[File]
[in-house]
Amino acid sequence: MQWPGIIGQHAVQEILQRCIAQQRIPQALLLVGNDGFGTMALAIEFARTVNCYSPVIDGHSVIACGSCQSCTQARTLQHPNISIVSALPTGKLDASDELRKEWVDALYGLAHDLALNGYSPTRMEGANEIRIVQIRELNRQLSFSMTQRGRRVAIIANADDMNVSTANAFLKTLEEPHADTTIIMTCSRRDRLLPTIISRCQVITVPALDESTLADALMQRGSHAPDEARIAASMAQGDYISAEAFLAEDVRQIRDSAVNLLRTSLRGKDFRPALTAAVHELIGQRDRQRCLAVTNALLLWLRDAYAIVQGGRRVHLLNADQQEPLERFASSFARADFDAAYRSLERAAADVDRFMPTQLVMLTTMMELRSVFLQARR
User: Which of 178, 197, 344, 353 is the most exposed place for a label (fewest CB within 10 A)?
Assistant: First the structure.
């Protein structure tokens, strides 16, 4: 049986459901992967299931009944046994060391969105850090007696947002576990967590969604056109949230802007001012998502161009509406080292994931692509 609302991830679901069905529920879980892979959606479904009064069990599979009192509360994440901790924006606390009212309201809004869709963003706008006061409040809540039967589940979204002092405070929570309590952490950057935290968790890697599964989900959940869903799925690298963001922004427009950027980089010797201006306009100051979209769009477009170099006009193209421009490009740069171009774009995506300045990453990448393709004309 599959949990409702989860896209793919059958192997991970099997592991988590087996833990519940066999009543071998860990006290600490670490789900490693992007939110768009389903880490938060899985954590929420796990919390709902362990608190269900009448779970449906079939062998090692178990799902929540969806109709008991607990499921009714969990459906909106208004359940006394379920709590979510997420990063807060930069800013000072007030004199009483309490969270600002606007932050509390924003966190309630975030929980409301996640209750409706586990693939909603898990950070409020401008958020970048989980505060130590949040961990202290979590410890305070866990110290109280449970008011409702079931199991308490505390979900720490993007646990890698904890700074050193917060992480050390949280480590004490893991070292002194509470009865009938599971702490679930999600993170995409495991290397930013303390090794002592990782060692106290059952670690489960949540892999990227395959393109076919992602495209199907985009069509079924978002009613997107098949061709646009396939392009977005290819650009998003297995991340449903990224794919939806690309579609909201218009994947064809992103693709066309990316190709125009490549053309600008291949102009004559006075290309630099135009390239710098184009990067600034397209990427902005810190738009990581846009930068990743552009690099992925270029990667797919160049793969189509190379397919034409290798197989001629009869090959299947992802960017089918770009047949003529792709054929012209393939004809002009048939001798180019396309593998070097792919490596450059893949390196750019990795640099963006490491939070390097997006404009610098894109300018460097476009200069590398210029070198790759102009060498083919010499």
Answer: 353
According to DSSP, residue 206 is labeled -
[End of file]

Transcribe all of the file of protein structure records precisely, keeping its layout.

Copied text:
[in-house]
Amino acid sequence: MQWPGIIGQHAVQEILQRCIAQQRIPQALLLVGNDGFGTMALAIEFARTVNCYSPVIDGHSVIACGSCQSCTQARTLQHPNISIVSALPTGKLDASDELRKEWVDALYGLAHDLALNGYSPTRMEGANEIRIVQIRELNRQLSFSMTQRGRRVAIIANADDMNVSTANAFLKTLEEPHADTTIIMTCSRRDRLLPTIISRCQVITVPALDESTLADALMQRGSHAPDEARIAASMAQGDYISAEAFLAEDVRQIRDSAVNLLRTSLRGKDFRPALTAAVHELIGQRDRQRCLAVTNALLLWLRDAYAIVQGGRRVHLLNADQQEPLERFASSFARADFDAAYRSLERAAADVDRFMPTQLVMLTTMMELRSVFLQARR
User: Which of 178, 197, 344, 353 is the most exposed place for a label (fewest CB within 10 A)?
Assistant: First the structure.
């Protein structure tokens, strides 16, 4: 049986459901992967299931009944046994060391969105850090007696947002576990967590969604056109949230802007001012998502161009509406080292994931692509 609302991830679901069905529920879980892979959606479904009064069990599979009192509360994440901790924006606390009212309201809004869709963003706008006061409040809540039967589940979204002092405070929570309590952490950057935290968790890697599964989900959940869903799925690298963001922004427009950027980089010797201006306009100051979209769009477009170099006009193209421009490009740069171009774009995506300045990453990448393709004309 599959949990409702989860896209793919059958192997991970099997592991988590087996833990519940066999009543071998860990006290600490670490789900490693992007939110768009389903880490938060899985954590929420796990919390709902362990608190269900009448779970449906079939062998090692178990799902929540969806109709008991607990499921009714969990459906909106208004359940006394379920709590979510997420990063807060930069800013000072007030004199009483309490969270600002606007932050509390924003966190309630975030929980409301996640209750409706586990693939909603898990950070409020401008958020970048989980505060130590949040961990202290979590410890305070866990110290109280449970008011409702079931199991308490505390979900720490993007646990890698904890700074050193917060992480050390949280480590004490893991070292002194509470009865009938599971702490679930999600993170995409495991290397930013303390090794002592990782060692106290059952670690489960949540892999990227395959393109076919992602495209199907985009069509079924978002009613997107098949061709646009396939392009977005290819650009998003297995991340449903990224794919939806690309579609909201218009994947064809992103693709066309990316190709125009490549053309600008291949102009004559006075290309630099135009390239710098184009990067600034397209990427902005810190738009990581846009930068990743552009690099992925270029990667797919160049793969189509190379397919034409290798197989001629009869090959299947992802960017089918770009047949003529792709054929012209393939004809002009048939001798180019396309593998070097792919490596450059893949390196750019990795640099963006490491939070390097997006404009610098894109300018460097476009200069590398210029070198790759102009060498083919010499």
Answer: 353
According to DSSP, residue 206 is labeled -